I’m not sure how you can mount armed rescue missions and then call killing “self-defense.” How can Christians support a man who has no qualms, and even boasts, about killing people to accomplish his task? I’m pretty sure Jesus has a problem with this and we should too. Christians should be on the front lines denouncing this man and his actions. He may have a great heart and desire to really help people, but that is no excuse for how he is going about it. No Christian, or anyone in general, should support this man. Sadly, many Christians have connected with his violent streak and will pour more and more money into his projects.
Brett sums it all up with six reasons why supporting Mr. Childers is a very bad idea:
- Violence. By his own claims Childers has personally killed people – in the double digits. He is not a man of peace, and it’s hard to see how his claimed tactics bring the situation closer to that. Even if he were the best option for getting Kony (highly doubtful), it doesn’t seem to me that the use of child soldiers in the region would disappear with Kony’s demise. Also, since many of Kony’s troops are themselves soldiers, how does Childers avoid killing them?
- Weapons. Again by his own claims, Childers has sold weapons to armed groups in Sudan, Rwanda, and the Congo. There are no happy-go-lucky bands of nice Christian warriors in the area; every group I’ve read about has been accused of terrible crimes at some point. Feeding more weapons into the conflict will only make things worse, and end up hurting the children Childers purports to help. His solutions are woefully shortsighted.
- Lies. Childers claimed to be a “white commander” in the SPLA, but the SPLA has publicly denounced him and called for legal action. This apparent falsehood casts some doubt on whether Childers really does the things he claims – the violence and weapons described above – so we’re left choosing between whether he is dishonest or dangerous. Or both.
- Disrespect. Much of what Childers’ trafficks in – weapons aside – is poverty porn of the worst sort. By only emphasizing the worst aspects of any situation Childers may drive up his donations, but he demeans those he seeks to serve. He goes even further in his report on South Darfur, prompting a commenter who worked in the region to call him out.
- The White Man’s burden. Childers’ story is only the latest in a long history of “Whites in Shining Armour” narratives that emphasize the heroics of white Americans and Europeans while downplaying the agency of the people of Sudan and elsewhere in Africa.
- It’s a bad model to begin with. Saundra S of the blog Good Intentions Are Not Enough has written extensively on why donors should be wary of orphanages.
If all this isn’t enough to make you rethink supporting this man and his organization, J, over at Tales From the Hood, does a really good job of explaining how Mr. Childer’s actions effect humanitarian aid workers everywhere:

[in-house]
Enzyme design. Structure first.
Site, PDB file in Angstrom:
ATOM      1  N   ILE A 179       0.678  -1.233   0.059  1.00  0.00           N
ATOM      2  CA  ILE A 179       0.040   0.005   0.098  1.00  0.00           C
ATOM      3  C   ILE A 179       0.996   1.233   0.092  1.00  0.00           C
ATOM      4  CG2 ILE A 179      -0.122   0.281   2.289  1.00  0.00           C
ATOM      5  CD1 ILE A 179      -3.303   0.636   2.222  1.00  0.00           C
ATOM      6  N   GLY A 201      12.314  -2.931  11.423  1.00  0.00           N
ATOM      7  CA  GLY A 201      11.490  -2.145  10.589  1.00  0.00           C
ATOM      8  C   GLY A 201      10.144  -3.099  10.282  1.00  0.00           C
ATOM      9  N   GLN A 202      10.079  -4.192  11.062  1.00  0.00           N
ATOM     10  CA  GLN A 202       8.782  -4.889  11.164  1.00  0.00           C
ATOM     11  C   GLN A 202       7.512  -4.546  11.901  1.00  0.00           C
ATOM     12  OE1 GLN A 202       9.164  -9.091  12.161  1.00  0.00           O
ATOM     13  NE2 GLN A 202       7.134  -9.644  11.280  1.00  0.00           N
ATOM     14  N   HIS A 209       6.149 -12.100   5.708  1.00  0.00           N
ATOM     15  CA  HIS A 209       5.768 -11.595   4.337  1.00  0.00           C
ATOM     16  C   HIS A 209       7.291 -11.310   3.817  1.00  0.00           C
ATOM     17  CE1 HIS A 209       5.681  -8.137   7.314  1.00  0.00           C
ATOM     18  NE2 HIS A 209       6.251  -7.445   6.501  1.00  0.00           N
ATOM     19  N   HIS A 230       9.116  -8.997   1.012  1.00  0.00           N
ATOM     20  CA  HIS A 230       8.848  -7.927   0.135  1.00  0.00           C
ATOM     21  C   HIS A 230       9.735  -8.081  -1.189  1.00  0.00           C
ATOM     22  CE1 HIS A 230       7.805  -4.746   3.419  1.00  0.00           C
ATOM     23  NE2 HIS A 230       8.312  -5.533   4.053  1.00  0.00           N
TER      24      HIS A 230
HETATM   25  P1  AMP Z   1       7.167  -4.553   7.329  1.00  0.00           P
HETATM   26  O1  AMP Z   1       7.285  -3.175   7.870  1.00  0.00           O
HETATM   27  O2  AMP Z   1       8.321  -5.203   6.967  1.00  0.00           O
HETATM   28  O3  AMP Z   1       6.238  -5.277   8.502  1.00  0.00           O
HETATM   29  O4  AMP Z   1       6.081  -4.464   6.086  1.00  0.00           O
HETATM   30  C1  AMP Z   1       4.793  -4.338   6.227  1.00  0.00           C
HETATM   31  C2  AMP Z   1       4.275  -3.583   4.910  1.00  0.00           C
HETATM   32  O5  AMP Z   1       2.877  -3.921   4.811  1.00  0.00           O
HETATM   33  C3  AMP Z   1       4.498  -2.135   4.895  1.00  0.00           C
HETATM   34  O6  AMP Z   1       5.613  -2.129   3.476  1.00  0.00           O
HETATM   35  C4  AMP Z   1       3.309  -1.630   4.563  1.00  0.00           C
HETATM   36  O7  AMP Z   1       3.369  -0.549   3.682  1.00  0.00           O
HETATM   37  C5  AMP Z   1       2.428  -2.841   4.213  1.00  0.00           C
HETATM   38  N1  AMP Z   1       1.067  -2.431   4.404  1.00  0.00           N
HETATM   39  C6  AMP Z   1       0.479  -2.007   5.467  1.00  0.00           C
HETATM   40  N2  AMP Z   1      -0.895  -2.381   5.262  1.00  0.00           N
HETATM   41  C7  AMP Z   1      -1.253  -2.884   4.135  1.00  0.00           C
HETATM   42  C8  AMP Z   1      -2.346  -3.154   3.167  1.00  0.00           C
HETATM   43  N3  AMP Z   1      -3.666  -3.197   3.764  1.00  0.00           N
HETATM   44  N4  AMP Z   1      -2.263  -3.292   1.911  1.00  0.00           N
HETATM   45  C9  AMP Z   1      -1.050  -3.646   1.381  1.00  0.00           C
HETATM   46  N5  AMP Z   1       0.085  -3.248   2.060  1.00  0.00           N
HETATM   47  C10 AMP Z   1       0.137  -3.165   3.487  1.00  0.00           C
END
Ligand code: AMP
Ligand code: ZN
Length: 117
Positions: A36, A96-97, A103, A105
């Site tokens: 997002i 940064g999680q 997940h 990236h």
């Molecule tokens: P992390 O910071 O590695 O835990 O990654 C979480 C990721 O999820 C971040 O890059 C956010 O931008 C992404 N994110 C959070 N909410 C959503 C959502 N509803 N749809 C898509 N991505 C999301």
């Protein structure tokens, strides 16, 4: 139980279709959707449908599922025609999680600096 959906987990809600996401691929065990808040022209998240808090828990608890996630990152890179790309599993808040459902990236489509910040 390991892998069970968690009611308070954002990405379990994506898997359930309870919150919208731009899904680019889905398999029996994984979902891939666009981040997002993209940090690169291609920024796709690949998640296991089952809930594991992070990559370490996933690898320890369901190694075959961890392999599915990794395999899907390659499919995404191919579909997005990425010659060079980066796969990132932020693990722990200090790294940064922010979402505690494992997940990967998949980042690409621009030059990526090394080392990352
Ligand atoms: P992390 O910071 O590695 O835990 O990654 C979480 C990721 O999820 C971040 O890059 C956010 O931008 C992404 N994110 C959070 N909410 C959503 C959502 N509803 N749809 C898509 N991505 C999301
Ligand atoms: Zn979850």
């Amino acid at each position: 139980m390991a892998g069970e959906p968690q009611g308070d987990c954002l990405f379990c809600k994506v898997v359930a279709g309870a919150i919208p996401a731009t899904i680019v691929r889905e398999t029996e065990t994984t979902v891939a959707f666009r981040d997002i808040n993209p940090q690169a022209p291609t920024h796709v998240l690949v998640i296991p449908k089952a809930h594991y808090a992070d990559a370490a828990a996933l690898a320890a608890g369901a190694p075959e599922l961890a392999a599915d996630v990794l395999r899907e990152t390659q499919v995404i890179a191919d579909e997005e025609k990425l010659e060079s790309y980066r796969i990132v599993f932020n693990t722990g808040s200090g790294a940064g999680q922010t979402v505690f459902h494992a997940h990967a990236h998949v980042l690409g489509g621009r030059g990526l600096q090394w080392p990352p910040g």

…when Sam Childers puts this on YouTube, it puts me and my team in danger.
How? Because every time he fires off a few rounds (you know, for the children), he further cements in the minds of insurgent groups around the world that humanitarian workers are also mercenaries.
Every time another famous “humanitarian” poses with an AK47 for a family Christmas card or some wannabe famous humanitarians brandish weapons in the name of “raising awareness”it puts the real aid workers at even greater risk.
…But thanks to the Machine Gun Preacher, next time I’m stopped and questioned at a checkpoint, it will be even harder for me to make the case that I’m really there (wherever ‘there’ is) for strictly humanitarian purposes.
And so every time the inarticulate Machine Gun Preacher packs heat into South Sudan he makes the entire world more dangerous for me and my friends and innumerable real aid worker colleagues. Every time he puts up another video of himself jumping into his white SUV with an AK47 across his lap, he increases the likelihood that I or someone I care about is going to get shot.
We need to be much more careful of the people and organizations we support, advocate for, and hold as heros. We have a responsibility to understand the issues and not let “good stories” blind us to reality of a situation or person. As Christians, we cannot stand for people using the name of Jesus to engage in actions that are completely and utterly contrary to Jesus and the Bible, regardless of what they are trying to do and who they are trying to help. This does no one any good, least of all those this man claims to be trying to save.
Oh, and just in case you were wondering, I will not be seeing the movie.
UPDATE: For those who apparently do not know, Ad hominem are attacks that “can take the form of overtly attacking somebody, or more subtly casting doubt on their character or personal attributes. The desired result of an ad hom attack is to undermine one’s opponent without actually having to engage with their argument or present a compelling argument of one’s own.” If your comment attacks my or another’s character as a way to deflect from the argument being made, I will not post it.
COMMENT POLICY: I welcome feedback, but for the sake of keeping some standard of quality here to encourage others to read the discussion, I will delete comments that have a) gratuitous profanity or other NSFW (not safe for work) material or c) nothing but ad hominems that don’t add to the discussion.